Tuesday, March 23, 2010

Growing Sabzeh for Nowruz...

symbol of rebirth


One of the first 'S' or 'Seen' on the table of Haft-Seen during the Nowruz celebration is the Sabzeh or green grass. To the Iranian, Sabzeh, which usually consists of green sprouts, is a symbol of rebirth. Seeds of wheat, barley or lentils are prepared and spread in a dish and kept wet to grow for about 2 or 3 weeks before Nowruz.

Since ancient time, growing the Sabzeh has traditionally been the responsibility of the women. Hence growing the seeds is in itself a symbolic gesture. As the menfolk were themselves hunters and herders, women were the one who did the farming and gardening works. Furthermore in the ancient mythologies, all dieties of birth and growths were female. Nowadays, the custom is slowly changing as men are revealing their artistic skills and sharing the responsibility with their womenfolk.

At the thirteenth day of Nowruz, known as Sizdah Bedar, the sabzeh is thrown into running water (the sabzeh grown for the Haft-seen believed to have symbolically collected all sickness and bad luck) to exorcise the demons from the households. It is also customary for young single women to tie the leaves of the sabzeh before discarding it, and express a wish to be married before the next year's Sizdah Bedar.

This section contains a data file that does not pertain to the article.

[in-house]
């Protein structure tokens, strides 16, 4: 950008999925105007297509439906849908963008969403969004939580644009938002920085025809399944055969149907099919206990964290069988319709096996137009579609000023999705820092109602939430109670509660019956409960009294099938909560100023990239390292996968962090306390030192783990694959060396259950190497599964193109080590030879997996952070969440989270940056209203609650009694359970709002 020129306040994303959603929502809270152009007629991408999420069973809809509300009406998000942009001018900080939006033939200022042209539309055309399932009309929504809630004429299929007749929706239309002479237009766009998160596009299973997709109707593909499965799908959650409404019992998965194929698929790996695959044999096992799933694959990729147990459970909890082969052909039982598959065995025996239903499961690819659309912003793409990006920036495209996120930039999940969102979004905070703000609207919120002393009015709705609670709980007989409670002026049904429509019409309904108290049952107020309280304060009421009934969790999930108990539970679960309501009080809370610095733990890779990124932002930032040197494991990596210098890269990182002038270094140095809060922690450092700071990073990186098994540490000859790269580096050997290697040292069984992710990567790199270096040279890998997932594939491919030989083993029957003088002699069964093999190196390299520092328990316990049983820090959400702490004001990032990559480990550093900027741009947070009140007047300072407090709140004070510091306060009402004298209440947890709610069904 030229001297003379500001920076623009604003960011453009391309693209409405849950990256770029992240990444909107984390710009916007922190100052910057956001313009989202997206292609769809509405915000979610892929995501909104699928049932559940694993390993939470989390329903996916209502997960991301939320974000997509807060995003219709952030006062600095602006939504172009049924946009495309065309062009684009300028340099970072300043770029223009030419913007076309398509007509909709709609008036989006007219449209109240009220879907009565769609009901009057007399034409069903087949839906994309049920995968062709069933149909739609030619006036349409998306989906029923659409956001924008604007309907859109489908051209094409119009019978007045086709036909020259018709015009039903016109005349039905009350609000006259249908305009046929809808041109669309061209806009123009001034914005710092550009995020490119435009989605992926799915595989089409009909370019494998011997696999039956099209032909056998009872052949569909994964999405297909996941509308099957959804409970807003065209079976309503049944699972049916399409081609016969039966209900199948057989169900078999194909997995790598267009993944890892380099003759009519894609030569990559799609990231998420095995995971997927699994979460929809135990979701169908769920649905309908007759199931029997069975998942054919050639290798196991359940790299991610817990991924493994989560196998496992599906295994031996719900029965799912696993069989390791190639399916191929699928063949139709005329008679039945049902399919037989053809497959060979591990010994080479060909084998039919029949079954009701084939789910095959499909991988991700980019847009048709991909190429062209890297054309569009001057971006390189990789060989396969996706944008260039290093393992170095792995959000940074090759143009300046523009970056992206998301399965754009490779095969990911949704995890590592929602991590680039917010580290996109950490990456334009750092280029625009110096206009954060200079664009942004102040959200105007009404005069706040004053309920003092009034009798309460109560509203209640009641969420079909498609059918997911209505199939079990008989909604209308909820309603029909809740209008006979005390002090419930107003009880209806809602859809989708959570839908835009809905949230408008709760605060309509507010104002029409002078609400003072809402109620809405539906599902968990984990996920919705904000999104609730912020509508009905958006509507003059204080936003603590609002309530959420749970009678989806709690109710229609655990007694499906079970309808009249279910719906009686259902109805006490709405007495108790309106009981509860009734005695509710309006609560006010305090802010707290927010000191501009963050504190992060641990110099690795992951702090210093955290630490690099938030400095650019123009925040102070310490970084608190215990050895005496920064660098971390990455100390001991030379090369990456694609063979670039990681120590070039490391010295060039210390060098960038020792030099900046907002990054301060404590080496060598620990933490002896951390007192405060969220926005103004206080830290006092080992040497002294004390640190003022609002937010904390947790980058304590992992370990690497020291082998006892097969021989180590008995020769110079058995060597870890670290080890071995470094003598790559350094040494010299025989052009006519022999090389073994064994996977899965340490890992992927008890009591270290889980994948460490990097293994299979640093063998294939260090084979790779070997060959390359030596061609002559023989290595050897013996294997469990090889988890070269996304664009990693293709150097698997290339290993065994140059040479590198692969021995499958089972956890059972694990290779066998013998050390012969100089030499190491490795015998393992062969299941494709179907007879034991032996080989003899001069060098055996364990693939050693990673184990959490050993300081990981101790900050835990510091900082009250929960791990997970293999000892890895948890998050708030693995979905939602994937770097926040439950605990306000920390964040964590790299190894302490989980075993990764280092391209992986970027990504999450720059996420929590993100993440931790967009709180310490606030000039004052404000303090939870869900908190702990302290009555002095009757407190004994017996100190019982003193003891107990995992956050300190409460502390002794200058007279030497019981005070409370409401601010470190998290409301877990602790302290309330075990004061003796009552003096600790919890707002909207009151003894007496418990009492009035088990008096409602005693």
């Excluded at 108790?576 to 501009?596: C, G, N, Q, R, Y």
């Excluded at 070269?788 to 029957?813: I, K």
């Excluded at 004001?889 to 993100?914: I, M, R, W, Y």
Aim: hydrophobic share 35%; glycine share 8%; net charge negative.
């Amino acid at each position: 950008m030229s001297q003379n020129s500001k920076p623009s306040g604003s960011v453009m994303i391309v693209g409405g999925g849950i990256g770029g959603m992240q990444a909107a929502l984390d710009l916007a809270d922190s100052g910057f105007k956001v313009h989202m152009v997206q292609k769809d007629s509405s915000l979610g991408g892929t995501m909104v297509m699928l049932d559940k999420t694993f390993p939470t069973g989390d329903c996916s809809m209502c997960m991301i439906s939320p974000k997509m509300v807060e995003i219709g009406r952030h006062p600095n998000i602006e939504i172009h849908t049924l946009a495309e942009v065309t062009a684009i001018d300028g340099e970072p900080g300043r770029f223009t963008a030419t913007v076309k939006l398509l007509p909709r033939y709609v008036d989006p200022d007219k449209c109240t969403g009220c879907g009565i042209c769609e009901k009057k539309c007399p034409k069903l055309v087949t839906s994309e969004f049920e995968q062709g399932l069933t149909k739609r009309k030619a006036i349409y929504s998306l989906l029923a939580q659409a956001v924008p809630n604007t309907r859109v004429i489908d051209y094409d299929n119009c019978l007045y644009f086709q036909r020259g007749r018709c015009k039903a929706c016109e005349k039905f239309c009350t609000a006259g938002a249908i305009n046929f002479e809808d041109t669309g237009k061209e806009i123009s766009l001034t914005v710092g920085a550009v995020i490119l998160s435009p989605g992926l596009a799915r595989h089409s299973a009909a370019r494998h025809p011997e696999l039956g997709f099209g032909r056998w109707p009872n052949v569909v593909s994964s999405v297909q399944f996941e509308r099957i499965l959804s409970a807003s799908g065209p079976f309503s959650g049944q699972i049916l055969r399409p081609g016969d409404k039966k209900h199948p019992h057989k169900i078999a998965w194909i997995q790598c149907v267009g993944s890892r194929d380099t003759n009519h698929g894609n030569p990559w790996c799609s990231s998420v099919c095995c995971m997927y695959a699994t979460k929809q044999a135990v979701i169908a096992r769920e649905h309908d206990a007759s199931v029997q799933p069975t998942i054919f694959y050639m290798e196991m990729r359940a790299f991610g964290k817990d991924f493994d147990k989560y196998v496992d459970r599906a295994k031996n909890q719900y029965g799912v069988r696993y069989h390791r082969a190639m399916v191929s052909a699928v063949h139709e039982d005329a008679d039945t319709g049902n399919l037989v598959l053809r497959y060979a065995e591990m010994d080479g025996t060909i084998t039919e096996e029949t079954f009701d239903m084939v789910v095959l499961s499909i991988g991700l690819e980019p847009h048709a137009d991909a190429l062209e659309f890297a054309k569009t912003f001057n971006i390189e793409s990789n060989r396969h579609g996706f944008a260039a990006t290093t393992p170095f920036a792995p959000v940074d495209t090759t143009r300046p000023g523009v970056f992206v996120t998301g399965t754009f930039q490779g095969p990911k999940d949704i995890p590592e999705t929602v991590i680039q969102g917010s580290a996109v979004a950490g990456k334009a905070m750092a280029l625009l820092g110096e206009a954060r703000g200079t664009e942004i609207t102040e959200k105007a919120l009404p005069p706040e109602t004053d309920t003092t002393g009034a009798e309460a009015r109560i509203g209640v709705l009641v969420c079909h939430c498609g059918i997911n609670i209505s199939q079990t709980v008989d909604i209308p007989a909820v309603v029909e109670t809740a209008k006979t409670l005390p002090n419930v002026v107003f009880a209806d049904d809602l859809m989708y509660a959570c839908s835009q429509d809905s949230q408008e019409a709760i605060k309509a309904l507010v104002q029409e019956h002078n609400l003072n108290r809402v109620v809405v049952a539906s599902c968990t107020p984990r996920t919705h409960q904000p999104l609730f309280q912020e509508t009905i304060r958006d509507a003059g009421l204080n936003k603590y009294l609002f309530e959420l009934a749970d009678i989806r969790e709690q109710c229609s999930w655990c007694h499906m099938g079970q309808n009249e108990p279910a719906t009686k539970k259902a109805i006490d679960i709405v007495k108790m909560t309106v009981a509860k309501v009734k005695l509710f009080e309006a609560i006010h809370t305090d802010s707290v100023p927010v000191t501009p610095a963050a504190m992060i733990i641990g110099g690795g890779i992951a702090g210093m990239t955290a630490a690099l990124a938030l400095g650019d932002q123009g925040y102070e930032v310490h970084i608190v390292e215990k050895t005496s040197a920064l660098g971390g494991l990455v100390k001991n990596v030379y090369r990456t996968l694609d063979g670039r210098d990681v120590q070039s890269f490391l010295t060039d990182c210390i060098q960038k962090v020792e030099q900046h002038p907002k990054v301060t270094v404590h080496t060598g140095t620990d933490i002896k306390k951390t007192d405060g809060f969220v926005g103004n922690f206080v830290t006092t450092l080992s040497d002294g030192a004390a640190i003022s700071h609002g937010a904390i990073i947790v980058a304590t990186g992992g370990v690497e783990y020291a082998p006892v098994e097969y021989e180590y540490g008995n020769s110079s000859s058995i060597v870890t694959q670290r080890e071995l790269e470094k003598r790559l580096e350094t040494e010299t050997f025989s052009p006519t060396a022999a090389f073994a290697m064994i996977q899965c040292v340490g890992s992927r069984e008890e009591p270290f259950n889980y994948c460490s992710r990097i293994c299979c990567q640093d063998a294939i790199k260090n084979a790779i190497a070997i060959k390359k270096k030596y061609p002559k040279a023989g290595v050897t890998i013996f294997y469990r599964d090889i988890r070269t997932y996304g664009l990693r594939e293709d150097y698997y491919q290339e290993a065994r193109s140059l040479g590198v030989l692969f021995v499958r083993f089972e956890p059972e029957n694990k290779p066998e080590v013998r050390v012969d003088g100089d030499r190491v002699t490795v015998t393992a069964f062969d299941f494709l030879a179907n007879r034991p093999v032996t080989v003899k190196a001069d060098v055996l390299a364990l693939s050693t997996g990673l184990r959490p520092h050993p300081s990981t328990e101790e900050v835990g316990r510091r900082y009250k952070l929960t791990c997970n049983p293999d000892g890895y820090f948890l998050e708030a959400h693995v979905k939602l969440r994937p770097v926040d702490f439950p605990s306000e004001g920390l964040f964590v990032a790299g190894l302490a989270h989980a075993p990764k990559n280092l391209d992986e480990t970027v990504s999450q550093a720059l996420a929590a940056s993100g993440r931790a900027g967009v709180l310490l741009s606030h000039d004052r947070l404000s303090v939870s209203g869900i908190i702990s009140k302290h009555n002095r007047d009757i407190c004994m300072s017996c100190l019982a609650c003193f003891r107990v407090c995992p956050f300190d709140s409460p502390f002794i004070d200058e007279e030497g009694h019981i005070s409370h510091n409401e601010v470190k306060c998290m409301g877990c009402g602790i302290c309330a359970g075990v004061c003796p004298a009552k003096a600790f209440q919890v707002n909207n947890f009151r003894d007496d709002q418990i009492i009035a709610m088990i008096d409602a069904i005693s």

Preparing and growing the sabzeh are usually done a few weeks before the New Year. However, if one's hands are simply far from 'green' to prepare for oneself, pre-grown sabzehs are abundantly and readily available at most Iranian stores and along the street's stalls even at the very last hour.


our own pre-grown sabzeh...

green sprouts from seeds of wheat, barley or lentil

pre-grown sabzeh...

of all kinds, sizes, prices...

readily available on side street's stalls...

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